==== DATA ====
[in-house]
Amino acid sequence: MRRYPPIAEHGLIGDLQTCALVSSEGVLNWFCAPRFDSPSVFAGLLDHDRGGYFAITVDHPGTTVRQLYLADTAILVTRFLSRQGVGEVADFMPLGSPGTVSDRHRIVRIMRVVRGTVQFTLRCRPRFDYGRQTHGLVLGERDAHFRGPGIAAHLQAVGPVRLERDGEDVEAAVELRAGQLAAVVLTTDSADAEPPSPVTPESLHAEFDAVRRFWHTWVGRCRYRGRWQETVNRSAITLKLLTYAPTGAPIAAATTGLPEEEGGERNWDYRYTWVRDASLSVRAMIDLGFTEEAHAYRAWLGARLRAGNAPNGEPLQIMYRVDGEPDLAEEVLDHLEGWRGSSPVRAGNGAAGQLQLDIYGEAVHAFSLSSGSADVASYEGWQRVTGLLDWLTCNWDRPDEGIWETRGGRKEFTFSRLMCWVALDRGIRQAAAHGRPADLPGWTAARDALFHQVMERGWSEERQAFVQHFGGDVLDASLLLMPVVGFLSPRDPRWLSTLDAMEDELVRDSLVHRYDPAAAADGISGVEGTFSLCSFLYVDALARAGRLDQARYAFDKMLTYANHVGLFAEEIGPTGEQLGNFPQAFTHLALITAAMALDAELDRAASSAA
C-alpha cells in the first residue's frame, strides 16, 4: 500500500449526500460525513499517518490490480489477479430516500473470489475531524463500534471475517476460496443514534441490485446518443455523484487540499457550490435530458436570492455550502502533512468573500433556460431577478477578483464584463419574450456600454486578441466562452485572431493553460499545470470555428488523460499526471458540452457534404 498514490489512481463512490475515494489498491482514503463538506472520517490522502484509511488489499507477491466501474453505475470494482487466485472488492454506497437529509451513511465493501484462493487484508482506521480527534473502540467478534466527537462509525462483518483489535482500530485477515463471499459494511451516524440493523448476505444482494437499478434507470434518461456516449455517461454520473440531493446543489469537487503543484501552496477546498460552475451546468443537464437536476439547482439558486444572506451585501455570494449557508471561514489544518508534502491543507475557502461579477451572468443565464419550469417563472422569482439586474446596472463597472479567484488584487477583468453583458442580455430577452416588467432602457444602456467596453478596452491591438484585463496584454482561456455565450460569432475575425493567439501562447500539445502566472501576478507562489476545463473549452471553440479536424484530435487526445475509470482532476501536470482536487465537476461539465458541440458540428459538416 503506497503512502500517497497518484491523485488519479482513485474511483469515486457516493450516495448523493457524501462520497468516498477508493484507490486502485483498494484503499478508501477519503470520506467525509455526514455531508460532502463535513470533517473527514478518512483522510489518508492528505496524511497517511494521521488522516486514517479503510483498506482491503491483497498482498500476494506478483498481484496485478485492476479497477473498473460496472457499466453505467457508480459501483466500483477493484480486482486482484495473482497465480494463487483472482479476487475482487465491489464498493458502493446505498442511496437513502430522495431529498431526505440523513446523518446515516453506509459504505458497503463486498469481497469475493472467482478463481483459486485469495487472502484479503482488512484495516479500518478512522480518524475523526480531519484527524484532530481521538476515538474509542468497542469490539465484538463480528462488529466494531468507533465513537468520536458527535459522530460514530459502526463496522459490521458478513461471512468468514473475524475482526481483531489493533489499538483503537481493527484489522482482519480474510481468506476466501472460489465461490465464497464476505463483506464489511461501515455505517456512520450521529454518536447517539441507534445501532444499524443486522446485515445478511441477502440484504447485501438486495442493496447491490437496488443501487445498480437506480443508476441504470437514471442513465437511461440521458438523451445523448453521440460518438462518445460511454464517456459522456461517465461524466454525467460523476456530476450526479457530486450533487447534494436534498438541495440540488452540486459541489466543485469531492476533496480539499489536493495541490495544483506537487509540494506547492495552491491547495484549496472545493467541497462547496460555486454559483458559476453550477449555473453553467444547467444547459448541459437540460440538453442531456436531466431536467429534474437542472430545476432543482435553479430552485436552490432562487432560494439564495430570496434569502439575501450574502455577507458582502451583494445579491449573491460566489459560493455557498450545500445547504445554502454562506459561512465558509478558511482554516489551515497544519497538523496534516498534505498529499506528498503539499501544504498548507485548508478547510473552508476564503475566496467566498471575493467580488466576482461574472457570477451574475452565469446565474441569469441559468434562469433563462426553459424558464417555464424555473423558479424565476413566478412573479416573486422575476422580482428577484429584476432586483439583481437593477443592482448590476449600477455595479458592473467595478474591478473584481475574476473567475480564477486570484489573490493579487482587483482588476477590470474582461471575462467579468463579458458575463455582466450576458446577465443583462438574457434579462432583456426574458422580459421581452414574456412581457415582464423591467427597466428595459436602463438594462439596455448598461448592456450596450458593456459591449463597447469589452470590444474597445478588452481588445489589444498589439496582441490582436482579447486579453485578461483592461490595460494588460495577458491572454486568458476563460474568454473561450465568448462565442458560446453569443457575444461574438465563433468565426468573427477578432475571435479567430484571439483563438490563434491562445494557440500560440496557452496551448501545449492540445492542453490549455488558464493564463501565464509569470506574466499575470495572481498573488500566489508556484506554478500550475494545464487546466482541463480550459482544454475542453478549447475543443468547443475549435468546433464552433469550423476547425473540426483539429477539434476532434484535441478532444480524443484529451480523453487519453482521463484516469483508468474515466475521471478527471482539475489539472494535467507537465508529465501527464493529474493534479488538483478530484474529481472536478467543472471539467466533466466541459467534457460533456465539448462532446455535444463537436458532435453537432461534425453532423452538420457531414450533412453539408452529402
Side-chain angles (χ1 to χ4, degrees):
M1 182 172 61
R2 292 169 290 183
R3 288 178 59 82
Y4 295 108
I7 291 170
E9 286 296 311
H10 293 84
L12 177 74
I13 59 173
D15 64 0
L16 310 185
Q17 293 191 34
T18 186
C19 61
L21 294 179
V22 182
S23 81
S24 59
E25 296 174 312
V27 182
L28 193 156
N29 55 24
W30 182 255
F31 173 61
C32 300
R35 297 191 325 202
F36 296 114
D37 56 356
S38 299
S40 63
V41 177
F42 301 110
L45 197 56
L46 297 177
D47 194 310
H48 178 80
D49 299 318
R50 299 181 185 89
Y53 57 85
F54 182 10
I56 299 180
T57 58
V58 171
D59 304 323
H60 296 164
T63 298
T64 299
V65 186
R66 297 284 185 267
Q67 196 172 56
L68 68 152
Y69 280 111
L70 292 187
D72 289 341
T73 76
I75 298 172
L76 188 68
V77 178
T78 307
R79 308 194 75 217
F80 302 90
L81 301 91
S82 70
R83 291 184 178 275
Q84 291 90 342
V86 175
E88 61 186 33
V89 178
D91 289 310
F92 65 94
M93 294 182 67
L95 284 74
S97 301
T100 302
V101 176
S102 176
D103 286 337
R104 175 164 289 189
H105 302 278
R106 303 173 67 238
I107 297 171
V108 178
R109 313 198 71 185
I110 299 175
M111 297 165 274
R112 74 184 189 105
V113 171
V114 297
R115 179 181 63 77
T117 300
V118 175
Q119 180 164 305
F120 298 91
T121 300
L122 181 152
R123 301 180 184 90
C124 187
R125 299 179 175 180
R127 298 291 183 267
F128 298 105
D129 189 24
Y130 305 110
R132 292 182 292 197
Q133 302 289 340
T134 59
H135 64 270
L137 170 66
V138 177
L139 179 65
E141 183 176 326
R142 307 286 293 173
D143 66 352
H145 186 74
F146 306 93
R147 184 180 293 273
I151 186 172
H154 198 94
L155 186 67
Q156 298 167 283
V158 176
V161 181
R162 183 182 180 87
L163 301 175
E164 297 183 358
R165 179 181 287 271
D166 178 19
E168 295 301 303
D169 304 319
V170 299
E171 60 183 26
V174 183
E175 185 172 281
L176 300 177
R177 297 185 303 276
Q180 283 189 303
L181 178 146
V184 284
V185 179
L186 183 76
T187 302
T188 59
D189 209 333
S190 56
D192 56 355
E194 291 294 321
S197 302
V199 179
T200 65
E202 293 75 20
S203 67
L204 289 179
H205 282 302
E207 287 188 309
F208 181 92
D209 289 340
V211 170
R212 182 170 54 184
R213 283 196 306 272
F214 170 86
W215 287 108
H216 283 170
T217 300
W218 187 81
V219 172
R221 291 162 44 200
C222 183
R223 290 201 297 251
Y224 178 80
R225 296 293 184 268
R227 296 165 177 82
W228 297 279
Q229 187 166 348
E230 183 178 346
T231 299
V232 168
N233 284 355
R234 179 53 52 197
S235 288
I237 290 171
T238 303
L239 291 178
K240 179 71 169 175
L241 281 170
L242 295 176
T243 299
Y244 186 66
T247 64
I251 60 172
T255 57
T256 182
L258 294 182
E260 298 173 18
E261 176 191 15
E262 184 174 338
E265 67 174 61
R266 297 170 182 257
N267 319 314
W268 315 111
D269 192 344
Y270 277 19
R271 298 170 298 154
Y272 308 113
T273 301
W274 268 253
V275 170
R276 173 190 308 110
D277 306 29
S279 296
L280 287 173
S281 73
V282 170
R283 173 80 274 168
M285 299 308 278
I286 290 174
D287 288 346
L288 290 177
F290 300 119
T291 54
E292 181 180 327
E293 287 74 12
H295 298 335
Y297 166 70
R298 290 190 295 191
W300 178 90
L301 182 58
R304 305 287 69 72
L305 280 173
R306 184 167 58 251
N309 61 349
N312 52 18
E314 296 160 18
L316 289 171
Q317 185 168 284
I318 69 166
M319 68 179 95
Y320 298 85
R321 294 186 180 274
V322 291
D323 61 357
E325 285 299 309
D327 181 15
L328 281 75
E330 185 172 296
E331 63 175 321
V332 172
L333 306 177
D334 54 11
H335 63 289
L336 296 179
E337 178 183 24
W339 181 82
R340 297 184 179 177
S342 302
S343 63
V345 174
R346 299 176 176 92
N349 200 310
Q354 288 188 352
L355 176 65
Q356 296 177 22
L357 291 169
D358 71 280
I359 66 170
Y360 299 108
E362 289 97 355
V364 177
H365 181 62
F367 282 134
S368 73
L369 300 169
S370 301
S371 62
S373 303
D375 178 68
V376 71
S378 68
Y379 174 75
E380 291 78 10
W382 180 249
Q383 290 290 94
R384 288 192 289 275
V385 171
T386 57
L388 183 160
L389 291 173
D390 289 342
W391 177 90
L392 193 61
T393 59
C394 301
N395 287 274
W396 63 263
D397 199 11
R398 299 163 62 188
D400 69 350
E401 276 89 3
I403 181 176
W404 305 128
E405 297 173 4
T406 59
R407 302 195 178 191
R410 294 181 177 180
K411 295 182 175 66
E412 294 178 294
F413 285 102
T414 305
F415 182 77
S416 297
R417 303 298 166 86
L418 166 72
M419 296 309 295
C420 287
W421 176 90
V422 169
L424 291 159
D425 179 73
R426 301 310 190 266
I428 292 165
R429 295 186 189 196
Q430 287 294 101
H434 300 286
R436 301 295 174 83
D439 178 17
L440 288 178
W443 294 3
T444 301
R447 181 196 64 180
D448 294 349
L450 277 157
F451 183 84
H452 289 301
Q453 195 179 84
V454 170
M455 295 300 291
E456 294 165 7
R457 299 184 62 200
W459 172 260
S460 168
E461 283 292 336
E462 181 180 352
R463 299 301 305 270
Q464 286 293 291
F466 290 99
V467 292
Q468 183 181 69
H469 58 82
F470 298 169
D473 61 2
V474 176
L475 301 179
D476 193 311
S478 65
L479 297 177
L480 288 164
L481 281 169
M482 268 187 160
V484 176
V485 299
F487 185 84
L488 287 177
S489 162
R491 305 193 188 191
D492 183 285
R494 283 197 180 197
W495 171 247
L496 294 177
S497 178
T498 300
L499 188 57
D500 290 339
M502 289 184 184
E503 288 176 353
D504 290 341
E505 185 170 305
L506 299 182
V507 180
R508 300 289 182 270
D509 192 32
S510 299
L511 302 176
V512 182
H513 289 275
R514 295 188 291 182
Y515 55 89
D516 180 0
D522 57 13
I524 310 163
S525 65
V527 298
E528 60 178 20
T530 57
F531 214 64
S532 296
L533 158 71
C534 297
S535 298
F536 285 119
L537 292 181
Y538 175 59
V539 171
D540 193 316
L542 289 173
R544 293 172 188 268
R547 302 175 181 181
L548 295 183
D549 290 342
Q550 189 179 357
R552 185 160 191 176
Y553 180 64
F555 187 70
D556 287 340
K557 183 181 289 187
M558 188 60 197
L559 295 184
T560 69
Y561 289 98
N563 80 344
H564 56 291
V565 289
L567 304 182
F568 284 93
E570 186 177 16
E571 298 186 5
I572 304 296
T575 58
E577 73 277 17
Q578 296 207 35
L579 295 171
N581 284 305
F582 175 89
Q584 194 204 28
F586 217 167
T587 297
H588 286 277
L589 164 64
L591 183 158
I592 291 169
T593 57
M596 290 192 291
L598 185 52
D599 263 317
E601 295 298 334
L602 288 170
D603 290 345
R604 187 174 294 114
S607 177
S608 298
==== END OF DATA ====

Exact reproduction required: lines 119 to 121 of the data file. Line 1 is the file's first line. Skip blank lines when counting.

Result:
R147 184 180 293 273
I151 186 172
H154 198 94